Cloaks and Daggers (7/1/11)

I am put off a bit—as well, perhaps, I should be—by the gaminess of a great philosopher like Plato, even if I confess to finding much pleasure in unlocking the secrets and hidden insights buried in—or inferable from—the dialogues. I mention Plato, but I might just as well have mentioned Heraclitus or Lao-tzu, Shakespeare or Bacon, Spinoza or Nietzsche, Montaigne or Joyce. All of them were expert gamesmen in their writing. Should Jung—and perhaps even Hillman—be included in this elite class of artful purveyors of recondite truths and unpopular insights?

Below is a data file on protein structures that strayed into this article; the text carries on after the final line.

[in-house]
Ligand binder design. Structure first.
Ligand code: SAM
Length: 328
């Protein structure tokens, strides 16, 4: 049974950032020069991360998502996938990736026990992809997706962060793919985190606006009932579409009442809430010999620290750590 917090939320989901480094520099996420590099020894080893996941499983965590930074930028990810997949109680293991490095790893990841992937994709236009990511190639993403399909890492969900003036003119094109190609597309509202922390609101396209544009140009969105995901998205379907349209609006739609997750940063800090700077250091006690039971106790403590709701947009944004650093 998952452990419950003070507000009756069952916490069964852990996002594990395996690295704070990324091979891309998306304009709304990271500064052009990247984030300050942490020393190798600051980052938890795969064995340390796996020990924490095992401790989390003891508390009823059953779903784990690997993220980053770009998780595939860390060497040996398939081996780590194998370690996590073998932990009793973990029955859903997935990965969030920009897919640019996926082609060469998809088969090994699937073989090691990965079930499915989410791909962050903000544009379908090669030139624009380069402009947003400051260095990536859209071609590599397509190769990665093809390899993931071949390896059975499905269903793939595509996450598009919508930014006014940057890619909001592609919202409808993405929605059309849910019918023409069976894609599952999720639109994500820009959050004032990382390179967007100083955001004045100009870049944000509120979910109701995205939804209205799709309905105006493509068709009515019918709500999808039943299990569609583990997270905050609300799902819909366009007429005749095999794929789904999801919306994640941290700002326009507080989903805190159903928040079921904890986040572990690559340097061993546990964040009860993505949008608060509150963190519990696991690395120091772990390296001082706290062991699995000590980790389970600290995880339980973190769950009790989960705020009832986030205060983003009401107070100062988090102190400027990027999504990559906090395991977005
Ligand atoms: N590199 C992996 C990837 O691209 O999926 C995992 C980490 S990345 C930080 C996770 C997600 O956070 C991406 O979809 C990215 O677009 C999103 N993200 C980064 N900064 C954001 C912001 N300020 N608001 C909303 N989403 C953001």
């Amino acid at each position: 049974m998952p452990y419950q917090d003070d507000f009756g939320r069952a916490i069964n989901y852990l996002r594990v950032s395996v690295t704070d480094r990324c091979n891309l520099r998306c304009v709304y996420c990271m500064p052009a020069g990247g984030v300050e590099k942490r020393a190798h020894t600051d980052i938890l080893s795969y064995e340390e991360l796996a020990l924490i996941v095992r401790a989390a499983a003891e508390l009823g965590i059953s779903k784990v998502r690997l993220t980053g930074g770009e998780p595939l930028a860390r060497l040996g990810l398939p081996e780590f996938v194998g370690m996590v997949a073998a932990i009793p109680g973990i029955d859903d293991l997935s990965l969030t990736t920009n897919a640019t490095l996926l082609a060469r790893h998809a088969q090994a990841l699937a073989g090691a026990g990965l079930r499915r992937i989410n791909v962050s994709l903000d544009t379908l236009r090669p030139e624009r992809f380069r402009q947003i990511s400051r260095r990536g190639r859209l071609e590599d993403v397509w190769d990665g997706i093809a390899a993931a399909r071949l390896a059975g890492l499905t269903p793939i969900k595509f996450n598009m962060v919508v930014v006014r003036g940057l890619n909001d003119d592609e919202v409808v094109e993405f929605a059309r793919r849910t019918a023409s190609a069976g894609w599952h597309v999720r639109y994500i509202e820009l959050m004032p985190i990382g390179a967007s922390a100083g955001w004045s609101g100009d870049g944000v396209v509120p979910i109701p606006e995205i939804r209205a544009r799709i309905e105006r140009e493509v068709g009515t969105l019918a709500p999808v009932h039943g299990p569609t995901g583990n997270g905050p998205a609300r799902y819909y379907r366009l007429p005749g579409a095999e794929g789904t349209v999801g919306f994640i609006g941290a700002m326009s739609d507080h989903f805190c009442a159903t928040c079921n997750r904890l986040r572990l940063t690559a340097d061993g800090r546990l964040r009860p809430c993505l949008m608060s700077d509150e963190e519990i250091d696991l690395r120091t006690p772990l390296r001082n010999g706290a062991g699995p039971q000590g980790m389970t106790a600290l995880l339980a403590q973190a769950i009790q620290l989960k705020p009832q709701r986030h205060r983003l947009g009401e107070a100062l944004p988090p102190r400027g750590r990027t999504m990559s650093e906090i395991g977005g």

Some voice inside me cries out ‘Why not simply say what you mean to say as clearly and plainly as you can?’ All gaminess would come to a screeching halt if such plain-speaking had been adopted from the start. There would be far fewer places to hide today if the greatest truth-finders had also been the plainest of truth-sayers. But of course if Nietzsche (and others who have voiced much the same idea) was onto something when he spoke of the ‘true but deadly’ ideas of the genuine philosophers, we can begin to understand why Plato (and according to Seth Benardete, the great epic poets and tragedians before him) wrote in a less than completely candid manner—and why his principal alter ego, Socrates, is ‘ironic’ much of the time. Philosophy can die out, perhaps, as some have claimed, if it is not properly sheltered from those—always in the majority—who prefer soothing fictions to ‘deadly truths’ and disturbing insights. But we truth-seekers have a moral obligation—imposed by our intellectual consciences and our psychological courage—not to stop at the gamy surface, but to allow the barbs and daggers hidden within these outwardly delightful and playful works to sting and to pierce our sensitized innards. Only thus will we earn the right to meet our spiritual kin—our (usually) long-dead ancestors who are writing specifically to us—their scattered, scant progeny—across the centuries.

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